Sunday, June 21

The Rooftops of Paris

About a block or so from the Bastille
Sort of across the street from the pictures in my last posting, I found this early morning shot. Gotta' admit that it's captivating. How the hell'd they pull this off. Those are 18th century buildings I think. Their lower floors are discreet as a nun's skirts. But up top?

Anyone able to translate this culturally, historically, and of course linguistically? Blow it up and look carefully at these tags. See the one on the upper left? That's a cartoon cop car - upside down - with "police" in English. There's a 1984 slashed vertically in the center and, well I give up. Gotta' admit this is totally fascinating art (I know Andreas, I'm eating some crow here).

The sunrise was just perfect, like a spotlight on stage. And the palette is eye popping. It's a shame the it was too early to pop into the Café on the first floor. I wonder if the decor is classic French? Look at all the chimneys. And were there... are there... elevators? If oui, then when did they get installed.

So much history piled up here. These are the architectural shots I totally love. The way that builders elbow their way into spaces so that each generation plops its cultural flag along a streetscape, but in the case, a generation got in there with paint!

And I wonder which generation? How old are these graffs? You think 60's? 80s? The fading suggests nothing newer than the 90s but Wudda-I-know? Is this political, or just fun? And at who's expense (see my last post)? Do they add to the somber inheritance of those buildings? Or subtract?

If someone cared, I expect they'd be gone. Yet, how'd they get up there, and how'd they get erased? And would erasing them be a Taliban sort of desecration.

Enquiring minds wanna know.

Saturday, June 20

Paris Chic

Model: Marti Armstrong

A grey, damp, chilly parisian winter morning. 

As my friend Andreas Manessinger knows I'm uncomfortable with graffiti. Bur a visit to Pompeii's softened my resistance since that ancient town's walls are covered in the stuff. My disapproval's leaning against an acient... maybe even primal... instinct for humans to scrawl, paint, scratch their presence onto history. How much do graffs differ from the plaques under statues, the etchings onto stone monuments, or for that matter, the carvings dug into tombstones? Is it fine for a minor politician to have his/her name chiseled onto to stone, like the guy who wrote that he made the Partheon left this huge inscription across the top of the portico:"M*AGRIPPA *L* F* COSTERTIVM*FECIT".  Which in English sort of means, "M. AGRIPPA L.F. COSTRTIUM*MADE IT"!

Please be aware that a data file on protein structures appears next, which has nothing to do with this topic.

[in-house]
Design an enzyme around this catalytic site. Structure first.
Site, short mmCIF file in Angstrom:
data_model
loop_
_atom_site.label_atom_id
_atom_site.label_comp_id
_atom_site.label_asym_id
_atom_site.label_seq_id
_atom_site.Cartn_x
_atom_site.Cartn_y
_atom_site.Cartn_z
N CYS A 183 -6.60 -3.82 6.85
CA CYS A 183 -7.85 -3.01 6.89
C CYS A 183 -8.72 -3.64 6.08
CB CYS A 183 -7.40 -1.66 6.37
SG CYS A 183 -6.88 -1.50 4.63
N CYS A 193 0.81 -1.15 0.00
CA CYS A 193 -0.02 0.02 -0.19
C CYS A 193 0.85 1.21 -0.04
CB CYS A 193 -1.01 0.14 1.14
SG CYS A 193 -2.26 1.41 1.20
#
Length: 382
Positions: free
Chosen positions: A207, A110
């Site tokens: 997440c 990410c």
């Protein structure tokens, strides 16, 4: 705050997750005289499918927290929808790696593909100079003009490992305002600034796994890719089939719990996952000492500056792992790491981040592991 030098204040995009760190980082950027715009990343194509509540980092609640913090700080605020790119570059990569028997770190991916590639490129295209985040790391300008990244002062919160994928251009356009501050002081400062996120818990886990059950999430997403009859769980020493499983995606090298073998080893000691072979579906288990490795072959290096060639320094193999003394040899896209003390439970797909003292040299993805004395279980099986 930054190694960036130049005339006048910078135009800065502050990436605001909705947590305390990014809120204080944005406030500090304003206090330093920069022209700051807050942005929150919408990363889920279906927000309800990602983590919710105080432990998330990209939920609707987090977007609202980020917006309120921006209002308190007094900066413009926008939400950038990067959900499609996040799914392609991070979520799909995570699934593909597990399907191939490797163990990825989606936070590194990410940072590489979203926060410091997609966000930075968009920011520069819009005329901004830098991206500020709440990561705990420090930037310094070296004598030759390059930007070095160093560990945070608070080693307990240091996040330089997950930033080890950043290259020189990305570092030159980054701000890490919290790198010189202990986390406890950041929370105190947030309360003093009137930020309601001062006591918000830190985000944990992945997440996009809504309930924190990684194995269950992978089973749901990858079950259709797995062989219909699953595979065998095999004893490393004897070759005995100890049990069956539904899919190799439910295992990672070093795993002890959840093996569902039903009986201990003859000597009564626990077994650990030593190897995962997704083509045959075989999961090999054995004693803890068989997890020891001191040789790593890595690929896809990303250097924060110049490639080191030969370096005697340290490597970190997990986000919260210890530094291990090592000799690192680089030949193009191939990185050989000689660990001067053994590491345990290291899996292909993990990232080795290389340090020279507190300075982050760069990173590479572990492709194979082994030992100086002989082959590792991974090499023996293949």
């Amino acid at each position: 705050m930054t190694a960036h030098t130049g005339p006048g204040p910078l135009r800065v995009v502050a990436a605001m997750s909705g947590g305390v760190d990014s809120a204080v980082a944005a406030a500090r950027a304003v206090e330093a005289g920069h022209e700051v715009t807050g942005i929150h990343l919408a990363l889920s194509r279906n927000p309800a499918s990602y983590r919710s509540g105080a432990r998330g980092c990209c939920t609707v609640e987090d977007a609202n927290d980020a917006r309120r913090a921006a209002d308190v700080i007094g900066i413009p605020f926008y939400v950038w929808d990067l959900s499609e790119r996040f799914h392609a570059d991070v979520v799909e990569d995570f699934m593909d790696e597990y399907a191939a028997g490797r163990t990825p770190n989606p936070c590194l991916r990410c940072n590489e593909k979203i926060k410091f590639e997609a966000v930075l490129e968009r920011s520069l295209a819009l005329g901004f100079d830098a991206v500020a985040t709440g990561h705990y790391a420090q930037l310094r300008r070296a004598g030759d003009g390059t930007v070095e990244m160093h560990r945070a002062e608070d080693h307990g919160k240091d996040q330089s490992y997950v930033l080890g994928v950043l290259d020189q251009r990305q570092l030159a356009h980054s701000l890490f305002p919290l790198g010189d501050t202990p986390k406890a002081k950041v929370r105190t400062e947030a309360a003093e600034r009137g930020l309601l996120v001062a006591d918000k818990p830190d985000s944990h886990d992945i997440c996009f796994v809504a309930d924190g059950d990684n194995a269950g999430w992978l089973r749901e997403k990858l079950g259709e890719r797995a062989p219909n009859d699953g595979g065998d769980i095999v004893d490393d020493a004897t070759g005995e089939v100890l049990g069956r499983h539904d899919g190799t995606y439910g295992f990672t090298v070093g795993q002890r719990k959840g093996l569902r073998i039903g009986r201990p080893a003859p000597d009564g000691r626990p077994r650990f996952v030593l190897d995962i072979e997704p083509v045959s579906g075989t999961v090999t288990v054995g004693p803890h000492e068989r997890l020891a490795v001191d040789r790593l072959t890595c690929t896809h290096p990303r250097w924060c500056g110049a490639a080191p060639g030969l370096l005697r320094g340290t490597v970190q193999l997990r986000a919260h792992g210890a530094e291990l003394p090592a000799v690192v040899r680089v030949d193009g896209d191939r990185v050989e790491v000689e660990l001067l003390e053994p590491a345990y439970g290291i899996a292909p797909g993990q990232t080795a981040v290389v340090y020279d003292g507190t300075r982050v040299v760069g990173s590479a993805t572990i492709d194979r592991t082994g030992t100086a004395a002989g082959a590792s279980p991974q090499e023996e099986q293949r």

And that differs from tags, how? When it's kid that tags a wall, that's conceit but when old Agrippa does it... 

Okay, there's a place for autographs - but the front of my city home isn't one of them. The "graffiti artist is stealing some of my property value. Theft's theft, huh?Should it necessitate major repair it's Grand Theft.  In the U.S. most municipalities have some sort of laws allowing the protection of personal property from thieves which can trigger (yeah, pun intended) an owner who is legally armed. Now it probably should not come to that especially since a spray can ain't a weapon equivalent to Dirty Harry's Magnum revolver. Still, I'd be cautious about spitting paint onto most private homes today. 

My first trip to Europe decades ago was a major shock... so much graffiti. Rome is a stinking dirty mess of the stuff. So too Holland, Spain, and most recently France. While both Austria and Germany sported less of the stuff, it was still a pox. I guess to avoid the possibility of retaliation, most U.S. graffiti seems to get painted upon public buildings and surfaces.An exception seems to be RR cars that scoated heavily. 

L.A., Baltimore, DC and NYC seem to have the least self respect among American cities I've visited recently. Philly's got bad neighborhoods along with the largest Jersey cities. Generally speaking the smaller the American town, the less scribbling's on walls. Maybe because the taggers are less likely to be anonymous? Amsterdam was the first place that I visited where street markets sold kits filled with small spray cans in color coordinated six and ten packs. These came with shoulder straps so the 'artist' could both access them easily, and run quickly.